Bolton Abbey is an old Priory in North Yorkshire, located in Wharfedale in the North York Moors. It is open to the public year round but can be best appreciated in nice weather, which is rare in Yorkshire. When the sun does come out though, it can get very busy. We visited in the summer of 2014 for a bank holiday weekend. The weather was pretty miserable so it was quite quiet whilst we were there.
The Abbey itself is mostly ruin but remains very impressive especially when seen from lower ground silhouetted against the skyline. There is still a working church inside which has been restored. We had a quick look inside then headed back out and down towards the nearby river.
There is a bridge across the river to allow you to get to the walks on the other side, but there are also some stepping stones. On a nice day I expect you can get across to the far bank on these but, despite Fraser trying his luck, the fast flowing river was too high to manage it on this day.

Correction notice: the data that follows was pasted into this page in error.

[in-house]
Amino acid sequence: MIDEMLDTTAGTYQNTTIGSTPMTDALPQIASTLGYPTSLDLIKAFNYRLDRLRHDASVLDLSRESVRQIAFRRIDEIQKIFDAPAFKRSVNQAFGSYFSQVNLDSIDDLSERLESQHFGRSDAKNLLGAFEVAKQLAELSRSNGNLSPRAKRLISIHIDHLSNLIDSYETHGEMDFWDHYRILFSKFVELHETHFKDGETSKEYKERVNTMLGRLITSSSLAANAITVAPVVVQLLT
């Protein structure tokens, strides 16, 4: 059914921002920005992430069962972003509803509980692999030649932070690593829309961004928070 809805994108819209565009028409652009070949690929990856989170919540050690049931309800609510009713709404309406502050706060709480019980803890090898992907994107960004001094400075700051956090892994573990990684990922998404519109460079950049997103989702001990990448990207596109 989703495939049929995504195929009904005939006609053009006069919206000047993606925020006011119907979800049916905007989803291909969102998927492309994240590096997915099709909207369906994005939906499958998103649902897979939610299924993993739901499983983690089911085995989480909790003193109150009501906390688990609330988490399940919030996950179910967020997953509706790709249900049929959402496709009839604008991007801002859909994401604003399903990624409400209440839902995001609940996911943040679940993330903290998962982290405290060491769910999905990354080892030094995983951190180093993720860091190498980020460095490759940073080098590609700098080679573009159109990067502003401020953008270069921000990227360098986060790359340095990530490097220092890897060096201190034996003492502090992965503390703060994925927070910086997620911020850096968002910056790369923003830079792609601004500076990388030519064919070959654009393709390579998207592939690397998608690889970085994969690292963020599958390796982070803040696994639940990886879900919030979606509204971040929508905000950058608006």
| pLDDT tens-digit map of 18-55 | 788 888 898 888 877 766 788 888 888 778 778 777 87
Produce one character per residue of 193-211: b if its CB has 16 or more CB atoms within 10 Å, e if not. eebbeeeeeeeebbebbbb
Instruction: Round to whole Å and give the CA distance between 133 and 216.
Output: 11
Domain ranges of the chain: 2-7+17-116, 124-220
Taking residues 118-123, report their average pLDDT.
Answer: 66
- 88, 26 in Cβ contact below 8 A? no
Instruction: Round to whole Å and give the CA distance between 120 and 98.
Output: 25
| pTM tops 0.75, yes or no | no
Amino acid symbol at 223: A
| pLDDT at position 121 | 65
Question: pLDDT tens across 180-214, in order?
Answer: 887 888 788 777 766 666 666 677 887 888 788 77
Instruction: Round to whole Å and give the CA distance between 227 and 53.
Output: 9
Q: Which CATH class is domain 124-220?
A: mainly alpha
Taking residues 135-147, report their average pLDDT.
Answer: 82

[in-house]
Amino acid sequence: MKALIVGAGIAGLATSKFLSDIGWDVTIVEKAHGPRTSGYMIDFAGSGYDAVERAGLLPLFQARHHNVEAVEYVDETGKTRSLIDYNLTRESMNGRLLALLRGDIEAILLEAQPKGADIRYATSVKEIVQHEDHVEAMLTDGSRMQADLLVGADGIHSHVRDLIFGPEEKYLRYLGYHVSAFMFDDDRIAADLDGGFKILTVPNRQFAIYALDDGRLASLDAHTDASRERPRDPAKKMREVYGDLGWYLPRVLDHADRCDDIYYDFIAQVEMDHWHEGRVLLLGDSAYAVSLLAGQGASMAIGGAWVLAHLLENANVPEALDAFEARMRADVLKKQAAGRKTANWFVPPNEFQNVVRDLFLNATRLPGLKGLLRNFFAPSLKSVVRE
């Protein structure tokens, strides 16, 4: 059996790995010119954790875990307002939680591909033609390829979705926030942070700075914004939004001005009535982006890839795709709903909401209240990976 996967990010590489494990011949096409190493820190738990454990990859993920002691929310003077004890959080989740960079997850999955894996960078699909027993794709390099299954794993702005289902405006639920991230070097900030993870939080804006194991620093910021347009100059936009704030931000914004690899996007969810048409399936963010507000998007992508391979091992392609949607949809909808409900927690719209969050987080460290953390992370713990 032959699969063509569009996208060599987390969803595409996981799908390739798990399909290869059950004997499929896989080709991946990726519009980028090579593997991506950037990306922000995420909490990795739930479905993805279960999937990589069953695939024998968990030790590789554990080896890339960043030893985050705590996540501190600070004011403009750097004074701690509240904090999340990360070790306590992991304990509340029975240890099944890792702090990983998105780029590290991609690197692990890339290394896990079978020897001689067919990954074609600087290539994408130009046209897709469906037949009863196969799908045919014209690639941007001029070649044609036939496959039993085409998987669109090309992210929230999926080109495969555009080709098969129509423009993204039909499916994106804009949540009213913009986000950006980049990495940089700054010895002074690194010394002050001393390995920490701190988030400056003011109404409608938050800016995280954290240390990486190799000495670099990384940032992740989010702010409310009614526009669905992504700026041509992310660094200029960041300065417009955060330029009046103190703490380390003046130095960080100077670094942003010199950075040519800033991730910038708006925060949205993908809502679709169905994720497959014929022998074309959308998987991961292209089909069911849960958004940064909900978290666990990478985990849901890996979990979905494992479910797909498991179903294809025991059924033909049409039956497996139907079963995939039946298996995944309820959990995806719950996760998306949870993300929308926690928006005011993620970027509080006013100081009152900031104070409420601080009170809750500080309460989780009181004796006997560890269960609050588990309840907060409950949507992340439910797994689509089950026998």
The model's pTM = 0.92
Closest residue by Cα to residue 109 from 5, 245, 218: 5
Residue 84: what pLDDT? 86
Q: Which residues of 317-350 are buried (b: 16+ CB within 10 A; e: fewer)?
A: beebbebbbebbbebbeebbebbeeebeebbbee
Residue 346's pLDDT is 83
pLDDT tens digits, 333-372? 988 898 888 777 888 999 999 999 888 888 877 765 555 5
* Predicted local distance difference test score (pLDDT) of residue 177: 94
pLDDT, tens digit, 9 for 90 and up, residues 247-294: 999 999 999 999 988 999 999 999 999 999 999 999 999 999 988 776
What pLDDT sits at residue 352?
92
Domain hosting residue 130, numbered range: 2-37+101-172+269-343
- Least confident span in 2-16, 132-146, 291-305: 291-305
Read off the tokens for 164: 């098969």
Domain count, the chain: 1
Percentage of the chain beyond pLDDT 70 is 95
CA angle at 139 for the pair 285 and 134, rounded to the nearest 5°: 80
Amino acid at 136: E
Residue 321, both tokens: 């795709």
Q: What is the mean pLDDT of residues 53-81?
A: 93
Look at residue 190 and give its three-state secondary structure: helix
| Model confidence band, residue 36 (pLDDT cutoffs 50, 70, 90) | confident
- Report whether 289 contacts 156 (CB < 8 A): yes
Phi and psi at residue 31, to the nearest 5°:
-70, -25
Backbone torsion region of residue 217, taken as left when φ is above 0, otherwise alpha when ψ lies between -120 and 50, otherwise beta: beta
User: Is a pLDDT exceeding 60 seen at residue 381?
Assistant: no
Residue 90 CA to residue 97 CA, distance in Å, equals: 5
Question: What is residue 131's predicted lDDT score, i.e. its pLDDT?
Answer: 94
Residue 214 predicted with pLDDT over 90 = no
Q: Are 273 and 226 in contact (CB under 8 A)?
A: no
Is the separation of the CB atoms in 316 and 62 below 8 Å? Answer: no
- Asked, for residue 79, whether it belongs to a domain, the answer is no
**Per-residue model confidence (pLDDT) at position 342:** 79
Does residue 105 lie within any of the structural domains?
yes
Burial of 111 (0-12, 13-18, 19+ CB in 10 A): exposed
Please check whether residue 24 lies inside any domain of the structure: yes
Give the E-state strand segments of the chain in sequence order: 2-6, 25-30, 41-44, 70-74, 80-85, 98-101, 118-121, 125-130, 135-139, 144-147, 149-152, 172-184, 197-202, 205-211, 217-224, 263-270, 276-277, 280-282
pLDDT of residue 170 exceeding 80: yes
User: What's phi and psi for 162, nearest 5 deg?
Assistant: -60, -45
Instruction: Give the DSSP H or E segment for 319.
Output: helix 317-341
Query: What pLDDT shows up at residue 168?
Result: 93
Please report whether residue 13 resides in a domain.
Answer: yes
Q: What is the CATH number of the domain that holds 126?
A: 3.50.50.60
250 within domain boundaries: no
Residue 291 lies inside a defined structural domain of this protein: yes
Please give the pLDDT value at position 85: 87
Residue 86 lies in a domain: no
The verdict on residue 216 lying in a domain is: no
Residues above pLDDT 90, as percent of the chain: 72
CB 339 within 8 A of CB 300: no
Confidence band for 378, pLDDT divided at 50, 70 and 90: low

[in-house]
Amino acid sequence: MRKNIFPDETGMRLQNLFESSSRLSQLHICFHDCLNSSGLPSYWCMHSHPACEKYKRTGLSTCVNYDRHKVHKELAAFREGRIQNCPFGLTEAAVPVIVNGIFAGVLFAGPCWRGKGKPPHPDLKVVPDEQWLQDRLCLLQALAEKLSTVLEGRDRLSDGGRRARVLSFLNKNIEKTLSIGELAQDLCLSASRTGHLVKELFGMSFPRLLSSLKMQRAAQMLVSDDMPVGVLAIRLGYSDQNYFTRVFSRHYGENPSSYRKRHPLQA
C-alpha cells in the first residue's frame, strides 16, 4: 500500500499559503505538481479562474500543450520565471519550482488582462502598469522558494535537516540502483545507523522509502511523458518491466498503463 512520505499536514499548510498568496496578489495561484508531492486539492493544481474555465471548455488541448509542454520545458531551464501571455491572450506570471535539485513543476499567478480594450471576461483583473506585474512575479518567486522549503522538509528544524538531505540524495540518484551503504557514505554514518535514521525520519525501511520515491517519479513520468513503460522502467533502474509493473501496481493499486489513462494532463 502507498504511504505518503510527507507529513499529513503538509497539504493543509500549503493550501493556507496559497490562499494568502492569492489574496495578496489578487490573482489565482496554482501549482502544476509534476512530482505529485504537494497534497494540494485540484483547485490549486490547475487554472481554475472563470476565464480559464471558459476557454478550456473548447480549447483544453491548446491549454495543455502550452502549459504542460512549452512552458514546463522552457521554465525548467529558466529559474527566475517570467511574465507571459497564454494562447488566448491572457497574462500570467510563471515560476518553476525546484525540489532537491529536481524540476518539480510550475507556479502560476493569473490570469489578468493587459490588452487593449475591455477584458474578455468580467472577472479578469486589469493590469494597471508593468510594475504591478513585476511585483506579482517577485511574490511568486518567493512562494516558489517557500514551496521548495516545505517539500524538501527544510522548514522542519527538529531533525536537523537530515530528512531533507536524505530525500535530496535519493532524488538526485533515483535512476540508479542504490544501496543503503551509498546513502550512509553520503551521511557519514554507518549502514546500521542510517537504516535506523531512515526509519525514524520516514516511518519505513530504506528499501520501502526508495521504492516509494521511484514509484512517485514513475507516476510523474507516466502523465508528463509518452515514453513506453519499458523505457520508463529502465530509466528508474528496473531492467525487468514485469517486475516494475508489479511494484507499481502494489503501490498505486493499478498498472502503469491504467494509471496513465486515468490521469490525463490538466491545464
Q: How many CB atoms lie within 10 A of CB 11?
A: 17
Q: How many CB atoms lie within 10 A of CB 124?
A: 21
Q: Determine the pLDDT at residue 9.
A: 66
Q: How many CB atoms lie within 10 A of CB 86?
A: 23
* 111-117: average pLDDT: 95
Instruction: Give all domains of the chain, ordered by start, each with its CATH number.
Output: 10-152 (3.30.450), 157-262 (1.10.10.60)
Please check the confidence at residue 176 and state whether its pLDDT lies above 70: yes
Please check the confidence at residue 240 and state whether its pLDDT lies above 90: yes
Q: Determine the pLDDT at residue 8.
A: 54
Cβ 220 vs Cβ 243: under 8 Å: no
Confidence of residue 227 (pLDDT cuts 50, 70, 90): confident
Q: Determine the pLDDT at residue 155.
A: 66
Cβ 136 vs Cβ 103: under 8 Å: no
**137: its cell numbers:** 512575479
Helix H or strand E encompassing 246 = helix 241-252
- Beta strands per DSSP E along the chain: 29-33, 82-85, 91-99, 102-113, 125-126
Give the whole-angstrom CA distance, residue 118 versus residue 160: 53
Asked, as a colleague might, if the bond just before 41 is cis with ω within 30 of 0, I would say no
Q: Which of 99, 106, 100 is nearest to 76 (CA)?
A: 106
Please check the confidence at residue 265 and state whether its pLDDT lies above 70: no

The tourist information map we received when paying for the entrance in the car park showed a number of trails available, including those with interactive activities for children around the Abbey and along the river. As we had limited time we decided to drive rather than walk to the start point of the route we set our sights on further along the river from the Abbey.
We parked at the Cavendish Pavilion and then wandered off along the path towards Simon’s Seat, a lookout point. Again due to time limitations we didn’t make it all the way to the top. Instead we went as far as the Valley of Desolation. This is a small, winding path that leads to a secluded waterfall. The walk is nearly all cross-country and we were rewarded with beautiful scenery and complete peace.
We then had to retrace our steps back down to the start so we could continue our journey up to Malham for the rest of our weekend.